A PJM Interconnection power generators trade group said it is concerned about the viability of PJM’s capacity markets because wind and solar resources have been acquiring capacity obligations greater than what they can deliver, but other stakeholders say all resources need capacity reevaluation.
Recent actions by PJM and the Federal Energy Regulatory Commission “have served to materially destabilize the market,” the PJM Power Providers Group, or P3, said in a letter to PJM’s board of managers that the grid operator shared with stakeholders Feb. 2. P3 lists a dozen members on its website, including Calpine, Vistra, Tenaska, NRG, LS Power and others. It is a market-focused group that owns 67 GW of generation.
PJM told stakeholders this past summer that it has over-accredited certain intermittent resources hundreds of megawatts of capacity that do not meet PJM’s capacity resource requirements because these resources are not deliverable at peak times, P3 said.
“The erroneously awarded resources can only provide approximately 50% of the purported capacity rating that PJM is purchasing in the capacity auctions to be paid for by customers,” the group said.
Accredited wind and solar power MWs “supported by non-deliverable energy” have been included in and cleared in previous capacity market auctions and currently are included in the supply stack for the upcoming 2023-2024 auction, the letter said.
Approximately 50% of the total wind power capacity offered into the auction has been accredited this way and PJM has not provided any metric regarding solar power, according to P3, which went on to say that half of the wind MWs and an unknown portion of the solar MWs offered “provide no reliability” because they are not supported by deliverable energy as required to qualify as a generation capacity resource.
The groups suggests that PJM should remove these wind and solar resources from the upcoming capacity auction.
“The only logical remedy under the circumstance is to remove these MWs from the supply stack for the 2023-24 planning year as well as subsequent auctions, until these resources are physically deliverable in the same way required of every other resource in the PJM system,” P3 said.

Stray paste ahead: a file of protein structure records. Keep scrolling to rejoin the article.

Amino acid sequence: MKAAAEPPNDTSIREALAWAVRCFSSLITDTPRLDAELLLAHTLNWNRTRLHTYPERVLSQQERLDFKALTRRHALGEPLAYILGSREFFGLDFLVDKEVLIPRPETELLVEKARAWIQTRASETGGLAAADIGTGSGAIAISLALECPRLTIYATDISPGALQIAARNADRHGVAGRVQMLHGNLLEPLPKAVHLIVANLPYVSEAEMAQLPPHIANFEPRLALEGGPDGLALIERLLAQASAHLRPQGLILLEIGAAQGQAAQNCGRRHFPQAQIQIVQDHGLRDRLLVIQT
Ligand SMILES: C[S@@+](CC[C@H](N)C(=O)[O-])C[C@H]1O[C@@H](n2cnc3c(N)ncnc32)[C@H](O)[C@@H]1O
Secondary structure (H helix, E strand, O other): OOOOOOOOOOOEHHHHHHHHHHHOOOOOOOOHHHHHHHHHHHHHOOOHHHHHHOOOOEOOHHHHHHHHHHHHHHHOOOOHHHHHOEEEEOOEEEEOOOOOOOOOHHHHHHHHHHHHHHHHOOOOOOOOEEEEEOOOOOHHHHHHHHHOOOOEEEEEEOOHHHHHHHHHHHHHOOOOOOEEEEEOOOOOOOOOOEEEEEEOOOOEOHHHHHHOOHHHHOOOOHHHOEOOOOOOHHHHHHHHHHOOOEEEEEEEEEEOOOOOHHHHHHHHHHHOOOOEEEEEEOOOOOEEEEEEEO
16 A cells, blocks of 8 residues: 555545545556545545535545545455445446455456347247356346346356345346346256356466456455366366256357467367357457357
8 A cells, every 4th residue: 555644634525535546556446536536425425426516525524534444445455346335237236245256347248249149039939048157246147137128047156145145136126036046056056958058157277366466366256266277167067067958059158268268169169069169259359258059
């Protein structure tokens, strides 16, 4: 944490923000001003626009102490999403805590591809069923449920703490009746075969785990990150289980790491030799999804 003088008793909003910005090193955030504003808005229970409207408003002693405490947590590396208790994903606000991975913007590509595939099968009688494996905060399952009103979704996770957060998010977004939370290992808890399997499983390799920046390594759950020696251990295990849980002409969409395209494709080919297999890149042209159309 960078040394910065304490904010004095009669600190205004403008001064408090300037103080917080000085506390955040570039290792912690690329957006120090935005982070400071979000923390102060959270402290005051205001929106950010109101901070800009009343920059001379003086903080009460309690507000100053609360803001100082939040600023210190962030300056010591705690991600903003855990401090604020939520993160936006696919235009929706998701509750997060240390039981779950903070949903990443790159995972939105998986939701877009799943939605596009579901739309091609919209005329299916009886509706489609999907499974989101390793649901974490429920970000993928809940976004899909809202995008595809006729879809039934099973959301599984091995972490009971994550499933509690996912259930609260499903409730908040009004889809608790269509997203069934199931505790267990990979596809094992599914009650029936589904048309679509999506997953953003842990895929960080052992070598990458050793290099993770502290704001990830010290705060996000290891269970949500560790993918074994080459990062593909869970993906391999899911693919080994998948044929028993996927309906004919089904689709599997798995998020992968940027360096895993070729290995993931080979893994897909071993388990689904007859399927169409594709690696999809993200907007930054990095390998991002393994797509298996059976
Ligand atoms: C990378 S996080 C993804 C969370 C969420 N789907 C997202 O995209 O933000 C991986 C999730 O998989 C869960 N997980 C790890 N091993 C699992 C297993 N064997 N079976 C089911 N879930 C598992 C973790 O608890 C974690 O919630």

Thermal resource valuation
PJM has spent roughly two years developing Effective Load Carrying Capability, or ELCC, methodology to value the capacity contributions more accurately from solar, wind, storage, hydropower, and other resources.
PJM developed the ELCC methodology in response to the rapid growth of renewable energy and energy storage resources that are intermittent and thus typically have lower capacity factors than thermal resources such as coal, natural gas, oil, and nuclear power.
Despite the rapid growth of renewables, however, the capacity valuation used for thermal resources that account for 93% of PJM ‘s installed capacity – a methodology which is based on estimated forced outages, or EFORd – has not been updated in decades, a large group of stakeholders has argued.
In response, PJM’s board said in October that it is important to investigate the capacity valuation of all resources. PJM is currently doing so within a Resource Adequacy Senior Task Force.
Additionally, most of the other US wholesale power markets run by independent system operators are dealing with capacity valuation issues as more renewable energy resources enter the various generation fuel mixes.
Jeff Dennis, general counsel and managing director of the trade group Advanced Energy Economy, agreed in a Feb. 2 phone call that all resources must be evaluated with the same methodology, but he said P3’s letter leaves out some important details.
“Treating all resources on a level playing field with respect to the accreditation of their capacity value is needed,” Dennis said.
“Notably, this letter fails to acknowledge that the capacity accreditation methodology applied to thermal resources has not been reevaluated for quite some time, even as extreme weather has shown vulnerability in those resources and their fuel supplies,” he said.
“To fairly discuss capacity accreditation, it must be done for the entire fleet,” Dennis said.
“The letter asks the PJM Board to get ahead of that process and completely remove wind and solar resources from the market immediately, which would have massive consequences for advanced energy companies, increase costs to consumers who would be forced to buy duplicative capacity, and harm state and customer clean energy goals,” he said.
The capacity auction for delivery year 2023-2024 has been delayed from January to June 2022.
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